Would DC and Warner Brothers be brave enough to film Identity Crisis? Odds are no. But lets break this down a little. Marvel has unquestionably set the bar high with The Avengers franchise. DC is understandably building it's own Justice League franchise in response. And why wouldn't they? Fans want it and it's just good business. Even though the Justice League universe was started with Man of Steel, it won't really start to form until the release of Batman v Superman: Dawn of Justice, which will also introduce Wonder Woman and Aquaman. As for other characters, rumors are pointing to Doomsday as being the force that brings everyone together. But that is just a rumor at this point. Warner Brothers is also expending the DC cinematic universe with the Suicide Squad film. So we have the Justice League origin story ready to go. But where to from there?

As is the case with MARVEL, there is a lot of iconic source material to choose from. Honestly I hope Kingdom Come will eventually be filmed. If it happens at all, it will not be the first story DC approves. And it's more like a years down the road, Infinity War kind of thing. But another part of me wonders if another direction could be taken. What if DC tried to tell a story that was more personal? Something that is very humanizing. What if they chose to adapt Identity Crisis? If you didn't read that miniseries, it is really good. The spoiler free description is someone kills the wife of one hero and threatens the lives of the loves ones of other heroes. Some heroes and loved ones don't make to the end.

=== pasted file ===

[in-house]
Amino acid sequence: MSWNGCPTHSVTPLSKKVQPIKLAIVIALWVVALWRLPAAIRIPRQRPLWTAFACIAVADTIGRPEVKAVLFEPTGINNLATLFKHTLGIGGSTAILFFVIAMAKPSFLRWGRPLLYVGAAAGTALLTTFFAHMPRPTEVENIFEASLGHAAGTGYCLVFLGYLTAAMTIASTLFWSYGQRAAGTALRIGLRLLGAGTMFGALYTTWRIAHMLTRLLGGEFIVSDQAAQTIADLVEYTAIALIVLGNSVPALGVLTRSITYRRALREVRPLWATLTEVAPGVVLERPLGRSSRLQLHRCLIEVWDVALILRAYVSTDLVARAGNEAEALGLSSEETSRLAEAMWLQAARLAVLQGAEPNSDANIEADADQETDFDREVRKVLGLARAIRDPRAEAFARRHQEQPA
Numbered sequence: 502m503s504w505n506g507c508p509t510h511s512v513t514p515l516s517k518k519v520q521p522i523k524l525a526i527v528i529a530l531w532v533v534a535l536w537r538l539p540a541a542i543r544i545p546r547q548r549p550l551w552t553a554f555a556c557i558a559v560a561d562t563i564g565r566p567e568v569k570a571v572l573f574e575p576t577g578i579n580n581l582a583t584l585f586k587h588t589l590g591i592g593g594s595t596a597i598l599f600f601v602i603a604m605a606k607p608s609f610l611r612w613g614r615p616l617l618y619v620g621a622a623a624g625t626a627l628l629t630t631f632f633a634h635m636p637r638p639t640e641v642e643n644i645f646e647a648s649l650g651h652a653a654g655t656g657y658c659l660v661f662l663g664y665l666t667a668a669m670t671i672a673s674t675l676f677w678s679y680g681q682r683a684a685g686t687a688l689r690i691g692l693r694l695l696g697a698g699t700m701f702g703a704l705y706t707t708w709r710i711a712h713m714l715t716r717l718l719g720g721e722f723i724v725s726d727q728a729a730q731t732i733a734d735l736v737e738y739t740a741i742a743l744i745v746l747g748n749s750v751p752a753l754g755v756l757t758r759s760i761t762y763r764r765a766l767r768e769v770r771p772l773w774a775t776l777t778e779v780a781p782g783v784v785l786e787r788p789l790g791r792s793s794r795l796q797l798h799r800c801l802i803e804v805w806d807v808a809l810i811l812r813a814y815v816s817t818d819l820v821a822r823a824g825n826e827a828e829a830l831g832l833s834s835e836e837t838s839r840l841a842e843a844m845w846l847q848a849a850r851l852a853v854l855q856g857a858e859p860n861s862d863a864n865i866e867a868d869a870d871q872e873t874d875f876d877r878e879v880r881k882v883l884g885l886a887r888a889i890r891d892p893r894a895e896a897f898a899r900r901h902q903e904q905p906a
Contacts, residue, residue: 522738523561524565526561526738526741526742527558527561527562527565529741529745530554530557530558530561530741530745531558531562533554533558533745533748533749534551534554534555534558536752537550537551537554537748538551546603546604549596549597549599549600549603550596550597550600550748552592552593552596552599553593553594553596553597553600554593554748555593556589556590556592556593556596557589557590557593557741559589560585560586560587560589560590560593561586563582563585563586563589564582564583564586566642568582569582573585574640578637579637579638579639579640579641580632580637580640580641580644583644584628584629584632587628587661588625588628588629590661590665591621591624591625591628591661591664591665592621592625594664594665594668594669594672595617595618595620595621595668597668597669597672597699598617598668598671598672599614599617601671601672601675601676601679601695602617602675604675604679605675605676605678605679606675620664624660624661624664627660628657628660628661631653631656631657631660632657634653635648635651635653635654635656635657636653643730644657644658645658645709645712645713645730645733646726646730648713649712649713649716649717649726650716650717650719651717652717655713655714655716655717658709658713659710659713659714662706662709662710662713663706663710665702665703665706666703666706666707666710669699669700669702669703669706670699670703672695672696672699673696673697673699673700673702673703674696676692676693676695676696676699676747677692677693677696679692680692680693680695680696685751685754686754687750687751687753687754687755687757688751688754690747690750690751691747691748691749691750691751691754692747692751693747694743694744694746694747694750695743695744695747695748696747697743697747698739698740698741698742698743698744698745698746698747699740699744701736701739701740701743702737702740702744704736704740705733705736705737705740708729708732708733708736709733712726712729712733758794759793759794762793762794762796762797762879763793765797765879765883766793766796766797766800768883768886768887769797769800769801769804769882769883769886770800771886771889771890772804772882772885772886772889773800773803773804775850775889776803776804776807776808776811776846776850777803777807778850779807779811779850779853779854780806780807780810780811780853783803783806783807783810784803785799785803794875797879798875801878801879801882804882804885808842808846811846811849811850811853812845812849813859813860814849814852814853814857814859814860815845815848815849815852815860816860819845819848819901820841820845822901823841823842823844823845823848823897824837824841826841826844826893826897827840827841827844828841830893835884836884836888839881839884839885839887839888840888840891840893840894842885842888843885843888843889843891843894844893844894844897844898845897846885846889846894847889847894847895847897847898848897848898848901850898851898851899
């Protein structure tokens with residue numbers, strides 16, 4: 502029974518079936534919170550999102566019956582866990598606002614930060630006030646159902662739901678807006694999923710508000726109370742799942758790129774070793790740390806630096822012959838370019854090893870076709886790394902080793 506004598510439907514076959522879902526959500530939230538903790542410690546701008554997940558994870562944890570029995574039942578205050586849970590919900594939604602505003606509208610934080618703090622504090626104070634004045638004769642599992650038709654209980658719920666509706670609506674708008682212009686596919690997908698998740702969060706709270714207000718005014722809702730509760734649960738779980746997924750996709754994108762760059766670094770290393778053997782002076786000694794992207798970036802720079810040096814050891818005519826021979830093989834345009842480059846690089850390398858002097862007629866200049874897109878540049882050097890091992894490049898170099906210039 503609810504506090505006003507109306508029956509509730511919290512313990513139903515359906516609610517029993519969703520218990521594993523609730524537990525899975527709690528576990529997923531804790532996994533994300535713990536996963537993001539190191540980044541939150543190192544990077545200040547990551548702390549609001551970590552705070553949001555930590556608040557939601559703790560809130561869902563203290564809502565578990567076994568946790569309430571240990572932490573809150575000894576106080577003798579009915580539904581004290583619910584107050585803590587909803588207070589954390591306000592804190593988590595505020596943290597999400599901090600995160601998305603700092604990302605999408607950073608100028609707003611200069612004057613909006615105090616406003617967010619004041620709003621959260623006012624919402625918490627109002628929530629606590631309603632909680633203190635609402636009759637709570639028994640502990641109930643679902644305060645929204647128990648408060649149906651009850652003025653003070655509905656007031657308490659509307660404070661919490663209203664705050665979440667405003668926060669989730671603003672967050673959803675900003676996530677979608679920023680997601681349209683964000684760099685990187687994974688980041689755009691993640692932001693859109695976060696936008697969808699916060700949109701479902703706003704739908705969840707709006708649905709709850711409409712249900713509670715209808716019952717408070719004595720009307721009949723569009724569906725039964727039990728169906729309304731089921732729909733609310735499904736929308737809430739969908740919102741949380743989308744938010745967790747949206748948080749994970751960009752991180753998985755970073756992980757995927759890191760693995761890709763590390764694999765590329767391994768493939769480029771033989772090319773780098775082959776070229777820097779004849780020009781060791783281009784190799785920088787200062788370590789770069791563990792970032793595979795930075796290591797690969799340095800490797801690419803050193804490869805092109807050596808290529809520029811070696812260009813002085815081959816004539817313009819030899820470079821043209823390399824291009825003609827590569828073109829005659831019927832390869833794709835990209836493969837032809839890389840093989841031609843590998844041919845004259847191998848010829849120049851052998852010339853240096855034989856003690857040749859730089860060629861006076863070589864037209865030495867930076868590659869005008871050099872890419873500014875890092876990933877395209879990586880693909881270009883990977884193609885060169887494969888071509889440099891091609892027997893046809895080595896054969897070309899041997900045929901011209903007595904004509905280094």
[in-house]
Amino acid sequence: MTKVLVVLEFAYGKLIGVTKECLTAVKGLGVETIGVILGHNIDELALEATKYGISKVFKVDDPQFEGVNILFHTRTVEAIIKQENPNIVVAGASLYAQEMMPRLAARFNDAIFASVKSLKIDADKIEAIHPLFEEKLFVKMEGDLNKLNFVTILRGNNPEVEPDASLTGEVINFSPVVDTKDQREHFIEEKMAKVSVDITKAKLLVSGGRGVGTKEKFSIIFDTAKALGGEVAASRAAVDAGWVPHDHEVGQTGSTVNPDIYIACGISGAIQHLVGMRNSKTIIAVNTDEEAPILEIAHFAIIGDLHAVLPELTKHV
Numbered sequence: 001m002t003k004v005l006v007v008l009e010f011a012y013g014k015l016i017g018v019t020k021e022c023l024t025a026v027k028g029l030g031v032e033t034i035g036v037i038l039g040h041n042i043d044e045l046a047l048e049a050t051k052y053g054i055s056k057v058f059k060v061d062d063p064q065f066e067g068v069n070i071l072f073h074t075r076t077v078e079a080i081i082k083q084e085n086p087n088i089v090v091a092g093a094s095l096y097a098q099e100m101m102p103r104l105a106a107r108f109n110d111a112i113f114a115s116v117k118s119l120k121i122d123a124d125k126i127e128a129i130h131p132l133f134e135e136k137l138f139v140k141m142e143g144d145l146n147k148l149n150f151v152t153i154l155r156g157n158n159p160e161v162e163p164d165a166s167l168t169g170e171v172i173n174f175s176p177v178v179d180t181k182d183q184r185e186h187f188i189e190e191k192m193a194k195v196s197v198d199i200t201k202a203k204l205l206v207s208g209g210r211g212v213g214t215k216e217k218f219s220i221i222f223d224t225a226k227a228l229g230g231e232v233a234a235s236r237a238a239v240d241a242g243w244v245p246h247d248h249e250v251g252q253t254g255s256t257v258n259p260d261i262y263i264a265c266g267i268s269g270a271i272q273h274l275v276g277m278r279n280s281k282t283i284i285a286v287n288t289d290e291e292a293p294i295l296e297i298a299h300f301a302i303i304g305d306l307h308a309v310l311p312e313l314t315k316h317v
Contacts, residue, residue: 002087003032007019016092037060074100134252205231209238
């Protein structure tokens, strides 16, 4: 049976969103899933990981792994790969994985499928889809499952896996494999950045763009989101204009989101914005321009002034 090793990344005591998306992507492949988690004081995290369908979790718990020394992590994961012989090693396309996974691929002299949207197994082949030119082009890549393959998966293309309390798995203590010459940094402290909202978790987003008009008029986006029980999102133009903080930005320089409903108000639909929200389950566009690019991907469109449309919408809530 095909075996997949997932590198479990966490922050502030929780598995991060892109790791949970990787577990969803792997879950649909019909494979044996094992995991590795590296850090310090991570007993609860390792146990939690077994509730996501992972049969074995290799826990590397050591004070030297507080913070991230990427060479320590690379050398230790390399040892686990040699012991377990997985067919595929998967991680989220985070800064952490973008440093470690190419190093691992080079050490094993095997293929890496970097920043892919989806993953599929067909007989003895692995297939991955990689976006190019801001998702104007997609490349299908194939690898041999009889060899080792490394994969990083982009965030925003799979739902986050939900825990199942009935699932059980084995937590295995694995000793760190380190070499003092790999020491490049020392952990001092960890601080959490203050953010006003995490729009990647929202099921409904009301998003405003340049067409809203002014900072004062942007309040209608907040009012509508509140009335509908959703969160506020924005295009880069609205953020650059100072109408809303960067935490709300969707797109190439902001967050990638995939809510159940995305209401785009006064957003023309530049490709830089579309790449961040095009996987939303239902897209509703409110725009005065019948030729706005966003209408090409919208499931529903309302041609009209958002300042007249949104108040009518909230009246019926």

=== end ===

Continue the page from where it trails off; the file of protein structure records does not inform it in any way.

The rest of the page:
The story reveals dark secrets and decision that question the ethics and moral standing of the League. The question is would people want to see their favorite characters in a murder mystery thriller? It could be done with a similar tone as Captain America: The Winter Soldier. There wasn't a whole lot of super powers in that one and it was brilliant. It would also take the introduction of a few more League members to fill out the story. Identity Crisis on film is a long shot at best. At most we might get moments inspired from the story or subtle nods to it. But in another world, it would be a fantastic film.

This is an updated version of an article that was originally posted at SciFiPulse.Net

Friday, October 16, 2015

FX picks up Y: The Last Man